In a report published online March 7 in the Journal of Clinical Oncology, the authors found that the incidence of oral cavity squamous cell carcinoma was declining for all age groups. The incidence of oral cavity and tongue cancer also was decreasing for nonwhite individuals. However, among people 18 to 44 years of age, the incidence of oral tongue cancer climbed 28% between 1975 and 2007. Among white people in this age group, the incidence increased 67%. The rising rates were most dramatic for white women, with a jump of 111%.

“Lately, we have been seeing more oral tongue cancer in young white women in our clinic. So we looked at the literature, which reported an increase in oral tongue squamous cell carcinoma in young white individuals, but couldn’t find any information about gender-specific incidence rates, so we decided we should take a look at the SEER [Surveillance, Epidemiology, and End Results] data,” said lead author Bhisham Chera, MD, assistant professor in the Department of Radiation Oncology at the University of North Carolina School of Medicine, Chapel Hill. The authors note that historically, cancer of the oral cavity was considered to be associated with older men with histories of significant tobacco and alcohol use. But during the past 30 years, the incidence of oral cavity squamous cell carcinoma has been declining while the incidence of oropharyngeal squamous cell cancer has been increasing. These trends, note the authors, might be explained by the decreased use of tobacco and the association between the carcinogenic strains of human papillomavirus (HPV) and cancer of the oral cavity.

Not HPV Associated

Unlike cancers of the tonsil and base of tongue subsites within the oropharynx, oral cavity and oral tongue squamous cell carcinomas are rarely associated with HPV infection, according to the authors. The demographics of HPV-related head and neck malignancies differ from those associated with HPV. Those with HPV-associated head and neck cancers generally tend to be white men who are nonsmokers. At Dr. Chera’s institution, the young patients with head and neck squamous cell carcinomas who are nonsmokers and nondrinkers are most likely to be white women with oral cavity squamous cell carcinoma.

“Our findings suggest that the epidemiology of this cancer in young white females may be unique and that the causative factors may be things other than tobacco and alcohol abuse,” Dr. Chera said. “Based on our observations and the published data, it appears that these cases may not be associated with the human papillomavirus. We are actively researching other causes of this cancer in this patient population.”

They have examined the HPV status of their young white female patients with oral tongue tumors and have not found an association. Other reports have shown similar findings — a higher number of oral tongue squamous cell carcinomas in women and an absence of detectable HPV DNA. It is possible that they are being caused by a different virus or another subtype of HPV, he told Medscape Medical News. “There are over 100 subtypes but only handful are associated with malignancy, and we only test for the high-risk types.”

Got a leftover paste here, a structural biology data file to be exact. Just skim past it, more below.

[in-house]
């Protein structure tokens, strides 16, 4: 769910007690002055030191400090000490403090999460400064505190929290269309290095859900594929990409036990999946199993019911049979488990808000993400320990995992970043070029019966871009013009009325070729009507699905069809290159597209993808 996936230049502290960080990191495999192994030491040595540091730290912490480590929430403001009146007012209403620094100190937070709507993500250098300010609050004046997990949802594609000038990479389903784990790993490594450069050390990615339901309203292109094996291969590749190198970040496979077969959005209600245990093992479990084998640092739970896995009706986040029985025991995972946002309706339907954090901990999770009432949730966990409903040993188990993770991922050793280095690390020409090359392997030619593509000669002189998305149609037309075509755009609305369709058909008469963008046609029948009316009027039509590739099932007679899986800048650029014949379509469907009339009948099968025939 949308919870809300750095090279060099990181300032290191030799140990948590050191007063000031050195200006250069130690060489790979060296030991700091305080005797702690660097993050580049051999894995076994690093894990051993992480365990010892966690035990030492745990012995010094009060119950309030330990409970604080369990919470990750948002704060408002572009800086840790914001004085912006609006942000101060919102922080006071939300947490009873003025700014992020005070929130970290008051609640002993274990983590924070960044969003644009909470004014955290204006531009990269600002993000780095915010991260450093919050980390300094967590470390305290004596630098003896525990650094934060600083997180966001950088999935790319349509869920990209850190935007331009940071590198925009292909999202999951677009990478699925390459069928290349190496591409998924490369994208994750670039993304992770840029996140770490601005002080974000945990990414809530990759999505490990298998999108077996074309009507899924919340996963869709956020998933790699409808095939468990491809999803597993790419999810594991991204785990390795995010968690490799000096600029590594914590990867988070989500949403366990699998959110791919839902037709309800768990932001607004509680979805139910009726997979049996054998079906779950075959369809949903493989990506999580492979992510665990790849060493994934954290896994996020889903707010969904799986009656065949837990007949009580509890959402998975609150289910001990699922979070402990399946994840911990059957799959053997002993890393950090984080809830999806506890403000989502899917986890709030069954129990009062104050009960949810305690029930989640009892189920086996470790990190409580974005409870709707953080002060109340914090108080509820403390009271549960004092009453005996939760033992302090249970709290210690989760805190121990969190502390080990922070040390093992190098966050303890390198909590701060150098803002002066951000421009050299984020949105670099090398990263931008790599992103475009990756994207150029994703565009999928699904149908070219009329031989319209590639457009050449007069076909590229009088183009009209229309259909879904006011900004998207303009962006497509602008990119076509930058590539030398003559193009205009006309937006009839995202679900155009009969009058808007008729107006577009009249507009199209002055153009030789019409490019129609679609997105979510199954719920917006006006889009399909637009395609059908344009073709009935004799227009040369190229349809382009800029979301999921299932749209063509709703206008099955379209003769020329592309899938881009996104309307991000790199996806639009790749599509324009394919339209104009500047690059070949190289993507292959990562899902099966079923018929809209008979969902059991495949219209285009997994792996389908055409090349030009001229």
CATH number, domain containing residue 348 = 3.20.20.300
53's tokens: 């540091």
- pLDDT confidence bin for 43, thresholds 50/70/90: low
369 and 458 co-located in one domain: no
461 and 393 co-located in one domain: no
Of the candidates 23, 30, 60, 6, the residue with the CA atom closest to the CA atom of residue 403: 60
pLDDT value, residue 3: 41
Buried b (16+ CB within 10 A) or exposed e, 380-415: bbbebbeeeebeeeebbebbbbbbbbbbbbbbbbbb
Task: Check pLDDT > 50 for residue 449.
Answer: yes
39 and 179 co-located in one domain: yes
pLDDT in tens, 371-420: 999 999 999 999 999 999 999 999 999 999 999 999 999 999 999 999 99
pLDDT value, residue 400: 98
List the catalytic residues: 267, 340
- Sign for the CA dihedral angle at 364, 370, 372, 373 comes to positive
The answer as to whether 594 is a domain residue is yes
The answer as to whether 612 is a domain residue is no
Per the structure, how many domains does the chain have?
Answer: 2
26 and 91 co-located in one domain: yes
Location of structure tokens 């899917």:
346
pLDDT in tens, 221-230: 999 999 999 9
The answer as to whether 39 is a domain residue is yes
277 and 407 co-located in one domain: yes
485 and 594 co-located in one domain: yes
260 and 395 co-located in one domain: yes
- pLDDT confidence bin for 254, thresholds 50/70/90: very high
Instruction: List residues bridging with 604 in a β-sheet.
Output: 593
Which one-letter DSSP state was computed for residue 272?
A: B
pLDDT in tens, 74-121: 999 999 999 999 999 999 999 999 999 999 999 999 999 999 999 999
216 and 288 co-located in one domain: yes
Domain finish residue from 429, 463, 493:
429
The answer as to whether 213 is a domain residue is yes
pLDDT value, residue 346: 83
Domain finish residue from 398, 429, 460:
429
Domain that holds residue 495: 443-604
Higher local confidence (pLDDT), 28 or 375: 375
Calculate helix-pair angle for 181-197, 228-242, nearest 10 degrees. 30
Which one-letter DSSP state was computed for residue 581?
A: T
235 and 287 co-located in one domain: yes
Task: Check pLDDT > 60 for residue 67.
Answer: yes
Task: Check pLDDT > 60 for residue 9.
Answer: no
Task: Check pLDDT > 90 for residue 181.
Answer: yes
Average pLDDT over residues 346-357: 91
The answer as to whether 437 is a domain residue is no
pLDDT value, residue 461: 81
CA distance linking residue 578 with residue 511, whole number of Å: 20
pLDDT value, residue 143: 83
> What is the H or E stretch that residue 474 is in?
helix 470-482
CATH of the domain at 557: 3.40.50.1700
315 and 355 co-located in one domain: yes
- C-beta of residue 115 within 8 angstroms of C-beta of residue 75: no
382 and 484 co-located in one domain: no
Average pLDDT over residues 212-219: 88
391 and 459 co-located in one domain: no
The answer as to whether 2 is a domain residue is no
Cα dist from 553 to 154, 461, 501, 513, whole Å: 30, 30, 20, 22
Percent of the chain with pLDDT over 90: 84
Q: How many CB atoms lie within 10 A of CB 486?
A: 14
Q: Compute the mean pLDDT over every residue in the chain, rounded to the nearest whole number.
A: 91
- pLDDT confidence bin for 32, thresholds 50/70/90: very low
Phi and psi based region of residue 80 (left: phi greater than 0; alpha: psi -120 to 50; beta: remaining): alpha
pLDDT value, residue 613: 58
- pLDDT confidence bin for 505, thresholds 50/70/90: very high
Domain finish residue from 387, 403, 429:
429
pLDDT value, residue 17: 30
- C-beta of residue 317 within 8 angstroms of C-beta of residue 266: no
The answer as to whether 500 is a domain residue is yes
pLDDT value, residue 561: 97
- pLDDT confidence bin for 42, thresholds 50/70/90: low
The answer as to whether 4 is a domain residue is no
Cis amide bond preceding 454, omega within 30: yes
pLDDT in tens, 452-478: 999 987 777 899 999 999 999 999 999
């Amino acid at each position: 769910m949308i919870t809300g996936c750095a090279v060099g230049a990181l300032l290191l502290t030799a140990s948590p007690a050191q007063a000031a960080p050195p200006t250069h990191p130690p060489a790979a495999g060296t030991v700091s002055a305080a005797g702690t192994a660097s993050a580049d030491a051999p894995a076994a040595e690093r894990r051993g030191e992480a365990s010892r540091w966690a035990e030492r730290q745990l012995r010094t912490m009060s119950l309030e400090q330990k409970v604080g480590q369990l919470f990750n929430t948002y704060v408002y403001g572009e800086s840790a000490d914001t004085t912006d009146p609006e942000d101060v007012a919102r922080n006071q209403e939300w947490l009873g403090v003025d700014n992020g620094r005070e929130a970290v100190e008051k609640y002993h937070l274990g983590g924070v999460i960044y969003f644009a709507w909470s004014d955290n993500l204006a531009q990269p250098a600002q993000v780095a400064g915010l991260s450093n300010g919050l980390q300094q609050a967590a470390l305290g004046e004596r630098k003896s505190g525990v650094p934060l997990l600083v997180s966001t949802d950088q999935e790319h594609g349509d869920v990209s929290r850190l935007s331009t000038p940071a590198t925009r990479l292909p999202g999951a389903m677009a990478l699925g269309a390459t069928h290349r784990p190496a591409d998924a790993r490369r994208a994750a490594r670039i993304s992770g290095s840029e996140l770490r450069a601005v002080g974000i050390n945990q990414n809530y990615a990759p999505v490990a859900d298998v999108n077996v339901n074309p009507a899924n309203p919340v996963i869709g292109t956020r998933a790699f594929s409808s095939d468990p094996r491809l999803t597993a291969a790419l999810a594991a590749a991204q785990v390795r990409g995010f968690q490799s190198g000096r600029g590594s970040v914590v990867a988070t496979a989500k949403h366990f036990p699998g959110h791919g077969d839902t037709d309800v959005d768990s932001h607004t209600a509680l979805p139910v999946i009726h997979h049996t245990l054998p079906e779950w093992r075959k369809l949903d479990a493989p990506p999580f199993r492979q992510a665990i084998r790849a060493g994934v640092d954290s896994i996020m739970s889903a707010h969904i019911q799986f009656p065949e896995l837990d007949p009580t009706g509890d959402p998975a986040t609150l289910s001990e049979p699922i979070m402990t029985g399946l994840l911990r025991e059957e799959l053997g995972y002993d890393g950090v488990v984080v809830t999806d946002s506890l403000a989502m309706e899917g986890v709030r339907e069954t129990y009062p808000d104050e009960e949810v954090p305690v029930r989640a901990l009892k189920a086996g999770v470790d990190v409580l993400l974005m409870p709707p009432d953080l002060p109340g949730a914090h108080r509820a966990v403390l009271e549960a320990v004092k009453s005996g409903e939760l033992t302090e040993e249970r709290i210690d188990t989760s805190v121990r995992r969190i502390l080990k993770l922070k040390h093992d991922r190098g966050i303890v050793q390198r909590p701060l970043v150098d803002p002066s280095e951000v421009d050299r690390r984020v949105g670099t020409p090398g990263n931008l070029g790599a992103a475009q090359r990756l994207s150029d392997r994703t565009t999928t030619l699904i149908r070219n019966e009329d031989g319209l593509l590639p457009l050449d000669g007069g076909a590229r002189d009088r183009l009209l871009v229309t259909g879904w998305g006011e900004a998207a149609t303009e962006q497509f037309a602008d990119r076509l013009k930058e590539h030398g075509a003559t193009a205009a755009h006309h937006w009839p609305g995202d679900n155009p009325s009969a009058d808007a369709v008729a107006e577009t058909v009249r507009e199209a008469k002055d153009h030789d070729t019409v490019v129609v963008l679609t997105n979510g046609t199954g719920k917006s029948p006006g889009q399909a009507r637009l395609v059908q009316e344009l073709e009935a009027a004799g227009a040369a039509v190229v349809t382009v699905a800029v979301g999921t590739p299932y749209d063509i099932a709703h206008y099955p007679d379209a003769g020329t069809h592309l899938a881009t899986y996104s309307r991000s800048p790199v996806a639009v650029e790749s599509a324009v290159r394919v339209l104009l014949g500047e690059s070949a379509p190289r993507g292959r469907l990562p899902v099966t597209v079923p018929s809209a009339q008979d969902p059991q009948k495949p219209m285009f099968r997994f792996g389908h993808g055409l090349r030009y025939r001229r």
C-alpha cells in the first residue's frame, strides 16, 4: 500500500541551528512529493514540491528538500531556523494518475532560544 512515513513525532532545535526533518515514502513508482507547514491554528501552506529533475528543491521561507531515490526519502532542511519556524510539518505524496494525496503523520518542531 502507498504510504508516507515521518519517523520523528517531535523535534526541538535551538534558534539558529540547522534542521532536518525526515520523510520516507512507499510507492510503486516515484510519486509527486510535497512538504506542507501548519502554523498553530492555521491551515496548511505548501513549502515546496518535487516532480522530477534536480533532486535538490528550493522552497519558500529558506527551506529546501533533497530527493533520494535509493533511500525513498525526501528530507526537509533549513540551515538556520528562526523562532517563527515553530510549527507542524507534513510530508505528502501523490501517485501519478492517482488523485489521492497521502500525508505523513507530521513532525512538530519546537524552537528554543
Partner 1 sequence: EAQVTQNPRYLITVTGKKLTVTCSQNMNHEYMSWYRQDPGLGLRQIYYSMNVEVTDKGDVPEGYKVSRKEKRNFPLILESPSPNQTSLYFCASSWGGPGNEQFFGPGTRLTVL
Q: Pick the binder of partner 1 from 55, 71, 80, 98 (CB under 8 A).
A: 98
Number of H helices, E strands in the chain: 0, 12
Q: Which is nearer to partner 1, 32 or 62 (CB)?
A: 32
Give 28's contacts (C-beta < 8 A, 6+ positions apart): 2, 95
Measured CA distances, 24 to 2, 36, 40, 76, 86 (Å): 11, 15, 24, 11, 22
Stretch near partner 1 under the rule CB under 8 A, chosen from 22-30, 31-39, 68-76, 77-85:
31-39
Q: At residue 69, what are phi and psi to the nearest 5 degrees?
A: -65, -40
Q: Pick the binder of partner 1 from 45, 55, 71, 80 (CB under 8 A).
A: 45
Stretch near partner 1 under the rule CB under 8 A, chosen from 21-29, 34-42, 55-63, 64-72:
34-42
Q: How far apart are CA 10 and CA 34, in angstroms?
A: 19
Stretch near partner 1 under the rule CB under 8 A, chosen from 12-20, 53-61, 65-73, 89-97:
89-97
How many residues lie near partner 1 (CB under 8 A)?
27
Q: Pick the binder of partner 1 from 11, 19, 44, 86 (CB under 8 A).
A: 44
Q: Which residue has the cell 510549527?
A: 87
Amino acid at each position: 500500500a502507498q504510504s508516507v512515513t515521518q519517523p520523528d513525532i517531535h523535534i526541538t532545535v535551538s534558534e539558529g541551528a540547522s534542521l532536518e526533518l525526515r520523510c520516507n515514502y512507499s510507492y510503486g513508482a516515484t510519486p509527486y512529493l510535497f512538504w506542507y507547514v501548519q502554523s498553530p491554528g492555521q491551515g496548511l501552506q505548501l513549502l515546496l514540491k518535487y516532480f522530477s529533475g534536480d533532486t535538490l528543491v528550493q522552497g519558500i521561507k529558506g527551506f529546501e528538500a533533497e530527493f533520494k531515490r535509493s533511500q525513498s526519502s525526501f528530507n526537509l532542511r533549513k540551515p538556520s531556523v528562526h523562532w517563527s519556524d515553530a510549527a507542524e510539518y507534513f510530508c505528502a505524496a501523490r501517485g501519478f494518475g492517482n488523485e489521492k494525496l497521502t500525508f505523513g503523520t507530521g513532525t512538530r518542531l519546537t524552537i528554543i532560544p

“Could it be that another type is associated? . . . Basically, we don’t know yet,” Dr. Chera added. In their study, Dr. Chera and colleagues analyzed the incidence and survival data from the SEER Program from 1975 to 2007 for oral cavity squamous cell carcinoma and oral tongue squamous cell carcinomas. Specifically, they looked at 3 cohorts: patients of all ages, patients 18 to 44 years of age, and patients 44 years and older. The patients were also stratified by sex and/or race.

Possible Emerging Clinical Entity

During that time period, SEER data showed 32,776 cases of oral cavity squamous cell carcinoma, with 2223 of those occurring in young adults. The ratios for male/female and white/black or other races were 2.2:1.0 and 8.5:1.0, respectively. For all age groups, there were a total of 6,810 cases of oral tongue squamous cell carcinoma, with 814 in the 18 to 44 year age group. For all age groups, the male/female ratio was 1.6:1.0; stratified by race, 424 were white (82%), 50 (6%) were black, and 96 (12%) were other. Because it is not usually associated with HPV, the authors note that oral tongue squamous cell carcinoma in young white women “may be an emerging and distinct clinical entity, although future research is necessary before broad conclusions can be drawn.” Specifically, further investigation is needed to examine the sources of the observed variation, they write.

“Dentists and primary care physicians should be more cognizant of oral tongue squamous cell carcinoma in this group of patients,” said Dr. Chera. “At this point, the incidence is very small, and widespread screening may not be cost effective.”

“I would say that if a young white person has complaints of a persistent sore on their tongue, cancer should be moved up higher on the differential, based on our study,” he added. “Dentists should not only examine dental health but also examine the tongue. They are in a position to provide effective screening.”

The source for this article was – J Clin Oncol. Published online March 7, 2011. Abstract

March, 2011|Oral Cancer News|

Oral cancer screenings: dental professionals can save lives

Author: Michelle Kratt

I am sure that you have heard of HPV (human papillomavirus)? Did you know that some types of HPV can cause oral cancer? Recent studies in the United States indicate that HPV is now the leading cause of head and neck cancers at 64%, even rising above smoking, tobacco chewing, and drinking alcohol.

Oral cancer accounts for 2% to 4% of all cancers diagnosed annually in the United States. The number of oral cancer cases is steadily rising, and today it is showing up in younger patients. More than 37,000 Americans will be diagnosed with oral or pharyngeal cancer this year. It will cause more than 8,000 deaths, killing roughly one person per hour, 24 hours per day. Of those 37,000 newly diagnosed individuals, only slightly more than half will be alive in five years. The death rate for these types of cancer is so high not because it is hard to discover or diagnose, but because it is caught too late in its development, with 70% found in Stage III or IV.